In business, unlike in love, being loyal to more than one partner is not only possible but also necessary and good.
Project-based work has been proven to deliver great results
Have you ever heard of that thing called movie-making? Have you ever wondered how many people worked on a movie you loved? The answer is: a lot. But let’s not concentrate on that. Let’s concentrate on the fact that, for the most part, those people come together for however long it takes to make a film-related project and then… move on to different projects, usually with a completely different group of people. And it works.
Great masterpieces are created by people who haven’t met before starting to work on a movie, a TV series or a documentary. Heck, sometimes they even change directors between episodes of a TV series, like in the case of The Mandalorian (great space western, BTW!). So, even if the rest of the crew remained constant – which it doesn’t – imagine being part of a team that works with a different boss every week or so. For many people, it sounds crazy but for others… it’s just another day at work.
The film industry is full of freelancers. The same is true for many other industries already and will become true for many more very soon. This doesn’t mean this trend is bad. Actually, just as Hollywood tends to create great productions, so do project-based teams tend to deliver great work – and this is the case for office-based employees, as well as on-site freelancers and remote freelancers. In both cases, working with different people on different projects means gaining different perspectives and merging different skills and experiences every time. Including outside freelancers in a project means that those perspectives, skills, and experiences are external, which in itself may be an amazing contribution.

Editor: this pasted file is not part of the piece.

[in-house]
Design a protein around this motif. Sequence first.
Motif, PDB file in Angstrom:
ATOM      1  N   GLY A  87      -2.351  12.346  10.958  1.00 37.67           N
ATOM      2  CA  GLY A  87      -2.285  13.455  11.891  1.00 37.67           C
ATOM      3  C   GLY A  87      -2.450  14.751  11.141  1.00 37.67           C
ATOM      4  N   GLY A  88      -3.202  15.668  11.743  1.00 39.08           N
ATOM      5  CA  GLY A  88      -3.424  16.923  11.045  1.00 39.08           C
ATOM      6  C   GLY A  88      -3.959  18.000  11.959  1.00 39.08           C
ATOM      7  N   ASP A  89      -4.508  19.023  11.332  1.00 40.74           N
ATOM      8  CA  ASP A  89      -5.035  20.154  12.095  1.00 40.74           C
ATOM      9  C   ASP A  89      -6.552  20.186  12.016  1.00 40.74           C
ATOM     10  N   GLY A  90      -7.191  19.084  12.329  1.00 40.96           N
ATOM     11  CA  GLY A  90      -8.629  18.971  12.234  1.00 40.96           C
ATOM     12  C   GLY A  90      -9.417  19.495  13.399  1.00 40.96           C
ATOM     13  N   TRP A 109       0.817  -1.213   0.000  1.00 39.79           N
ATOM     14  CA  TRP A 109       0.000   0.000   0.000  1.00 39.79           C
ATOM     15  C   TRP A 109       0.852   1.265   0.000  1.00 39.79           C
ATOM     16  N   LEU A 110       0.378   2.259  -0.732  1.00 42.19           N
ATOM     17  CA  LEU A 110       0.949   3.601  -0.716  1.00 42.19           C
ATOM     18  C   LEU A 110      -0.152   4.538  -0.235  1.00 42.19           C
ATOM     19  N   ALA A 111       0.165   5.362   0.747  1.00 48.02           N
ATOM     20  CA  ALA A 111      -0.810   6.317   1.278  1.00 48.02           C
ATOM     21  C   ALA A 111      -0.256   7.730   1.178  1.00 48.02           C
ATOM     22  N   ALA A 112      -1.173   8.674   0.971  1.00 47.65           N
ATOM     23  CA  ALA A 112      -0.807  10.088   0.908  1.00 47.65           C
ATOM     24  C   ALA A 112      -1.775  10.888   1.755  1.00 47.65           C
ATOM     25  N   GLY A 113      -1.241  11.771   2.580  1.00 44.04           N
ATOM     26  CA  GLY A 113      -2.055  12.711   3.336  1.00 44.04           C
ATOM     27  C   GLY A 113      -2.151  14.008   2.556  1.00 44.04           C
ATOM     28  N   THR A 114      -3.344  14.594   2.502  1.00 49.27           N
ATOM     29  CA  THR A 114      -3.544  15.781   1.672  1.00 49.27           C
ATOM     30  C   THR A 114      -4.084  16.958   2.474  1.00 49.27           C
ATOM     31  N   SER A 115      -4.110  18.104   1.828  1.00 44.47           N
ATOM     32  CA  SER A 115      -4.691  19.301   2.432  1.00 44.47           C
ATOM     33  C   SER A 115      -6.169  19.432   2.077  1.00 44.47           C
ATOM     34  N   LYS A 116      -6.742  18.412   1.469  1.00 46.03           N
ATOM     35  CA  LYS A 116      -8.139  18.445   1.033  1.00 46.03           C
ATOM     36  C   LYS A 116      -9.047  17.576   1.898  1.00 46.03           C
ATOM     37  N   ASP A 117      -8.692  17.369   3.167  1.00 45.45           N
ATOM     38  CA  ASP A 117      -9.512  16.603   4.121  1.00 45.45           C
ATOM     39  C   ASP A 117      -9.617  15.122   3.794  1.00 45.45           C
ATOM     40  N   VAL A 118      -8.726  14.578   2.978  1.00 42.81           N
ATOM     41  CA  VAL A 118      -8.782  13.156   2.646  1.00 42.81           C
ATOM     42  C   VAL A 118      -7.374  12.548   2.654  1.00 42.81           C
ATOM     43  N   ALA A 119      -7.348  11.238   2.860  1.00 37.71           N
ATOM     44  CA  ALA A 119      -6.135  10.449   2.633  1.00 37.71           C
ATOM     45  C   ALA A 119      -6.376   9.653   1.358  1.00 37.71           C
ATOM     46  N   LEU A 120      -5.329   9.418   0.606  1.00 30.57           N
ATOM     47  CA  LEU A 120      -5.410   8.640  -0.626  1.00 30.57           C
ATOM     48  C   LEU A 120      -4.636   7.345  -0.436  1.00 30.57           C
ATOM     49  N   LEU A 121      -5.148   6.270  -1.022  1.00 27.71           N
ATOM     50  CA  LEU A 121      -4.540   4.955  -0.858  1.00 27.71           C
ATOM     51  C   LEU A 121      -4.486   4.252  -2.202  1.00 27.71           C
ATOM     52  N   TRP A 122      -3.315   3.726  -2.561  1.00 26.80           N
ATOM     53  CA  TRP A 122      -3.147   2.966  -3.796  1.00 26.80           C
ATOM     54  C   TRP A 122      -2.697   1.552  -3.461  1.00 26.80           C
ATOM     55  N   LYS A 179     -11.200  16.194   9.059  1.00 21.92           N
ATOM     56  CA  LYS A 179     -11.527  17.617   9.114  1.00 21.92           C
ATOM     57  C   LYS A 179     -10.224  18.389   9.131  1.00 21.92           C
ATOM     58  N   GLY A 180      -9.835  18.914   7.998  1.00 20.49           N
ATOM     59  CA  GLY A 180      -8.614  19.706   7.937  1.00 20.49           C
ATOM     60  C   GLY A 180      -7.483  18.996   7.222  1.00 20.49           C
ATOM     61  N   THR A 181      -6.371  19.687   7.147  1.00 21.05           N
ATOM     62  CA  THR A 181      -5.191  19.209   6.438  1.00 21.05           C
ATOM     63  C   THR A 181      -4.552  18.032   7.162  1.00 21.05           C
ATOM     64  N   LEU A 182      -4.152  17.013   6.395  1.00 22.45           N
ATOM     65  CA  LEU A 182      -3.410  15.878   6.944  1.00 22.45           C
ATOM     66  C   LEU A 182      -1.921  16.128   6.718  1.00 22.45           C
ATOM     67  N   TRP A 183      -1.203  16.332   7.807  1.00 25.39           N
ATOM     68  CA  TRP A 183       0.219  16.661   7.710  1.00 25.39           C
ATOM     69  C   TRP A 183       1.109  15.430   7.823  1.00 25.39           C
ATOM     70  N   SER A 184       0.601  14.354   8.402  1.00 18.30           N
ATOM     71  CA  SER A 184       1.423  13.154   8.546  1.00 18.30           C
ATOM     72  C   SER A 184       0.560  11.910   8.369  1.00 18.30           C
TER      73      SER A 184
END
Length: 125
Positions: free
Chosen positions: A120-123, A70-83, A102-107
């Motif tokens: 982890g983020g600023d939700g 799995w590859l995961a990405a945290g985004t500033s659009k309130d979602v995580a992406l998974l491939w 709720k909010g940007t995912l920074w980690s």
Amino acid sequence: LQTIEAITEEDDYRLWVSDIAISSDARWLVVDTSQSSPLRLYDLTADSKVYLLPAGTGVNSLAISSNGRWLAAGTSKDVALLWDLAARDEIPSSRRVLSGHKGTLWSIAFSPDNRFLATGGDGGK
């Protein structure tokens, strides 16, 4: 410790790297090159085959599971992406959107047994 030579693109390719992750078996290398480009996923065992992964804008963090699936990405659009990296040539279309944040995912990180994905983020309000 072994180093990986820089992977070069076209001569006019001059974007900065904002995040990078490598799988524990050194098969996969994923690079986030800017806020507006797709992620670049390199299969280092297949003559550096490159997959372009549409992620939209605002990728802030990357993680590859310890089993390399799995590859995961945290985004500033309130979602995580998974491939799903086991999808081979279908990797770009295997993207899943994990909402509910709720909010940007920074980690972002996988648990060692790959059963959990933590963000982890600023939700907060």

As long as they do what you require of them as an employer, does it matter that they divide their time between your project and other projects?
Just as Hollywood tends to create great productions, so do project-based teams tend to deliver great work.
I will go deeper into project-based teams in a different blog post but for now, I just wanted to make the point that it really is the way to go and there’s nothing wrong with working on one project in the morning and another one in the afternoon. If anything, it only widens one’s perspective. And no, it’s not for everyone, but the growing numbers of freelancers, as well as the increasing numbers of projects they take on, show that polygamy in work relations is the future.